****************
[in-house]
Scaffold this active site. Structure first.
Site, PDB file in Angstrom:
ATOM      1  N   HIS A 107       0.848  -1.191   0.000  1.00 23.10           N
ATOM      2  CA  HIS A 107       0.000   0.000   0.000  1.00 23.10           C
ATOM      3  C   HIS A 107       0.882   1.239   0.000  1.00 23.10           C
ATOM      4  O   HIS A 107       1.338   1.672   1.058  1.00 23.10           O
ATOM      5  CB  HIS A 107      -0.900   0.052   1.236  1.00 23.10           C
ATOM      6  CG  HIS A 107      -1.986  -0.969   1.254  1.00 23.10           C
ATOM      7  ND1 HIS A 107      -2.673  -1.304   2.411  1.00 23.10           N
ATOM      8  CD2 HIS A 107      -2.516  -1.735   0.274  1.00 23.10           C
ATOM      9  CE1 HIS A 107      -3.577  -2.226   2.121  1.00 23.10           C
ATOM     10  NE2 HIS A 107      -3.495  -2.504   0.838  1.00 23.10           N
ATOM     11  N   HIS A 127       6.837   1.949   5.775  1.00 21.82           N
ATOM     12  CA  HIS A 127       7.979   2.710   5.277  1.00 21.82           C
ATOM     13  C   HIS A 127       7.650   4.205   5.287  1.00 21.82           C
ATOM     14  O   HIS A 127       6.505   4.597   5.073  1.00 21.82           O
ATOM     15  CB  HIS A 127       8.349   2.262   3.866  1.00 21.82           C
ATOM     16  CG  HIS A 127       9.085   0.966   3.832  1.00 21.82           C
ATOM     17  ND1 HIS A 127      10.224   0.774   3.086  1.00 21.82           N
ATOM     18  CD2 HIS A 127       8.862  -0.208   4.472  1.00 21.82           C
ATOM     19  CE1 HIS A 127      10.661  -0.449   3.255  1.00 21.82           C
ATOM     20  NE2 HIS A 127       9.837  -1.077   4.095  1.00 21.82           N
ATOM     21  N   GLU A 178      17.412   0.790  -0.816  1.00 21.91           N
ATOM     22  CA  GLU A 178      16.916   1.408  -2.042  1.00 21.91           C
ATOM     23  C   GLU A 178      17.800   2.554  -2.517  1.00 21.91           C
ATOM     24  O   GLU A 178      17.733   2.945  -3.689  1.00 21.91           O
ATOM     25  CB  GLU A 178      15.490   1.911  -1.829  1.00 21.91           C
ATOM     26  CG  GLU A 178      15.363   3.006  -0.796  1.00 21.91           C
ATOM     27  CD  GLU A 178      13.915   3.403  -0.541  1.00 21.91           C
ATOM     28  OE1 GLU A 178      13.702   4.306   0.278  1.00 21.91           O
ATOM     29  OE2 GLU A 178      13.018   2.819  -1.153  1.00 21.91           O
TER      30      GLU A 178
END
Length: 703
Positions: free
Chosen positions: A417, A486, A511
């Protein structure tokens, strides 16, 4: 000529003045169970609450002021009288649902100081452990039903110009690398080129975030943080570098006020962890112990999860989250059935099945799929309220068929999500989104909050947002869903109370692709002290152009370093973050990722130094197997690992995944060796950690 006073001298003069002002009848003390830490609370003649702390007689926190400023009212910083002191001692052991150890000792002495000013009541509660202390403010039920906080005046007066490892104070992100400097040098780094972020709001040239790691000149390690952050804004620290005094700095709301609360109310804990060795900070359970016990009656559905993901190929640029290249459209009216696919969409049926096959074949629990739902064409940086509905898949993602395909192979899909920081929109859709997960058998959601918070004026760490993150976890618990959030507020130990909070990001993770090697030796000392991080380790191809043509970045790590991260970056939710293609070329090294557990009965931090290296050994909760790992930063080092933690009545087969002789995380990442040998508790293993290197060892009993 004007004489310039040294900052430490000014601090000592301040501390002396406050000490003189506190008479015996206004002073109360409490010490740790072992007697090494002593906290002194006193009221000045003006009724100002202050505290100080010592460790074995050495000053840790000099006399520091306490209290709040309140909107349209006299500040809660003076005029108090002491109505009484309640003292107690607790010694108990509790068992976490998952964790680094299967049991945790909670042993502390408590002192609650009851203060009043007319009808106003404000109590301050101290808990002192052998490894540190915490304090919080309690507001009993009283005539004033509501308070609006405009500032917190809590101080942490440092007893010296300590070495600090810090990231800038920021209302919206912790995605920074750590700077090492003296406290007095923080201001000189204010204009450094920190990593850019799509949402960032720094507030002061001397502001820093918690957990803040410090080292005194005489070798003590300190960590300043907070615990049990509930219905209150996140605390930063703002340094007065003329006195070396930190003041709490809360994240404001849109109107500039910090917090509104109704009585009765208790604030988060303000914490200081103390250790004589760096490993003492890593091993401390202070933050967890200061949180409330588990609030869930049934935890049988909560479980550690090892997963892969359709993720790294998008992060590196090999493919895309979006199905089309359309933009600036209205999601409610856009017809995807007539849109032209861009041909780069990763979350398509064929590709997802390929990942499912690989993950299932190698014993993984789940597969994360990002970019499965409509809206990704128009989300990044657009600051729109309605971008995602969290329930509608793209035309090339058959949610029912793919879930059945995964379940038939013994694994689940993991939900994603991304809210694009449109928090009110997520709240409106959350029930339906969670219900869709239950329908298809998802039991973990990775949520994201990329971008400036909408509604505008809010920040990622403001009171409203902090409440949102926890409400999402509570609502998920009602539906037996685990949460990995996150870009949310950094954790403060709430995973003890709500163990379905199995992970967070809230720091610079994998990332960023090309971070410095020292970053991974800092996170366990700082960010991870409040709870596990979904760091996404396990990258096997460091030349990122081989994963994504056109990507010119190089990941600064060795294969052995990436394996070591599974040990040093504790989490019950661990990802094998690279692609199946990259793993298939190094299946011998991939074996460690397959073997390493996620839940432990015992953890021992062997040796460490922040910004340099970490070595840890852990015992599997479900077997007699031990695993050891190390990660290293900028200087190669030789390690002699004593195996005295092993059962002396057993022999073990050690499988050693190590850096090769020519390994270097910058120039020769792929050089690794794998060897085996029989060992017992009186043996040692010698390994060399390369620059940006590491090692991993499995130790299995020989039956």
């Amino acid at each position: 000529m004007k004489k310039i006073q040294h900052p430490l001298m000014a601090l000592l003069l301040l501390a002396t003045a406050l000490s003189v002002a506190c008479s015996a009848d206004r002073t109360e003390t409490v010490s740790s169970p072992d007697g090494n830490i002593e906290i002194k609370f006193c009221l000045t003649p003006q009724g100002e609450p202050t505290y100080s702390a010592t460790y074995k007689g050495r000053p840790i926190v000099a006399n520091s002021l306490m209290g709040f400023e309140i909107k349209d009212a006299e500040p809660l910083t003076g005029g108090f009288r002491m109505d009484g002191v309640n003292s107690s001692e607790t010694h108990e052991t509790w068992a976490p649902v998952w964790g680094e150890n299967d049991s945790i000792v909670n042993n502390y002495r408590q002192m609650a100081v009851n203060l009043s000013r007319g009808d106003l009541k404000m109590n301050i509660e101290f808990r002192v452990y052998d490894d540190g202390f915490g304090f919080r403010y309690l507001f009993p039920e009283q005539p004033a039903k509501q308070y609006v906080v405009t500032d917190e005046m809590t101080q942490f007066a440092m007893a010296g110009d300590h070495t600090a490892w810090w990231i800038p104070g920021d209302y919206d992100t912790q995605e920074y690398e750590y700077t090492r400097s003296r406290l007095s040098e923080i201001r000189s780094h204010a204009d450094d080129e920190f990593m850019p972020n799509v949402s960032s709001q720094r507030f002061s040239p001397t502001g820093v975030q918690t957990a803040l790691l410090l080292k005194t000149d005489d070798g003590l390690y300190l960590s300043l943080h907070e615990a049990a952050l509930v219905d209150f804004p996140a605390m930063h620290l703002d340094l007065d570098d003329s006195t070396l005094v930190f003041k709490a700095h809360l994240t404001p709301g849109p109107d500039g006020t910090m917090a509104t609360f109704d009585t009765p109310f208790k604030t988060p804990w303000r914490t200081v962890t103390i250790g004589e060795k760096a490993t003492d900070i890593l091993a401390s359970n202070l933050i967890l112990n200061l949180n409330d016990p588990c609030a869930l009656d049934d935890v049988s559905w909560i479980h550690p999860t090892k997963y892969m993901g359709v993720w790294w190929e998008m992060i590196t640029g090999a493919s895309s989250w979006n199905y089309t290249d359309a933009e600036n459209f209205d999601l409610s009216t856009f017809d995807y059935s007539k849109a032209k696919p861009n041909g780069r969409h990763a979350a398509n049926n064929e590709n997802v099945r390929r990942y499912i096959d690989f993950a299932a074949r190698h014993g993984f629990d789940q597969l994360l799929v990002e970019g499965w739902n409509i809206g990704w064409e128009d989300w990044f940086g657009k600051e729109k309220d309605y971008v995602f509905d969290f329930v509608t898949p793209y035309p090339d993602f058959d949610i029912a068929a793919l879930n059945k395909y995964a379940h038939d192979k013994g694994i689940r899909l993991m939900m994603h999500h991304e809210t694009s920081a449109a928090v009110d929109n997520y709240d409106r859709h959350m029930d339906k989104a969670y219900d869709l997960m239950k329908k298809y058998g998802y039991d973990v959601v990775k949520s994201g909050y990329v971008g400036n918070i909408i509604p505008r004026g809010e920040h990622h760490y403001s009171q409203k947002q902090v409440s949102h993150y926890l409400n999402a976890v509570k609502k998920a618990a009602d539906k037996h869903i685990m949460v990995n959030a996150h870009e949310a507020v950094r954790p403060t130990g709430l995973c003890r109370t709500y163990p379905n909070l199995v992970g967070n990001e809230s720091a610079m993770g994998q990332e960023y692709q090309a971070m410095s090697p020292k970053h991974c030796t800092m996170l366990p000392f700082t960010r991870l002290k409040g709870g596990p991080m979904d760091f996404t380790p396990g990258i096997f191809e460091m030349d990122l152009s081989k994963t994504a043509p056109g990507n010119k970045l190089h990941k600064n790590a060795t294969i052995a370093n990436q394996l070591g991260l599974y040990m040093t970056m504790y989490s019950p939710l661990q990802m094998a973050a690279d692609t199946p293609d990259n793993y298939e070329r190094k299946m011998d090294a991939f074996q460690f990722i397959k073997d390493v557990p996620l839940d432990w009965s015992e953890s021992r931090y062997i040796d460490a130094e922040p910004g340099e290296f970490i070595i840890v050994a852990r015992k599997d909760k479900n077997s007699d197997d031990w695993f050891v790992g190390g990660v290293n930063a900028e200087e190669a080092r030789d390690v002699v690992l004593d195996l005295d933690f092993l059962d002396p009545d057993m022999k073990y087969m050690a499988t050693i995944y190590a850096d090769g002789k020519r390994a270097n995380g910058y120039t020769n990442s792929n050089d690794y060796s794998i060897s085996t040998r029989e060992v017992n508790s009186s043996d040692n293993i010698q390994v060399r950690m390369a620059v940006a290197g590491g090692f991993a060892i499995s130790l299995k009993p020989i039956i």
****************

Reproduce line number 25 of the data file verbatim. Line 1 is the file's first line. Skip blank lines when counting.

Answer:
ATOM     22  CA  GLU A 178      16.916   1.408  -2.042  1.00 21.91           C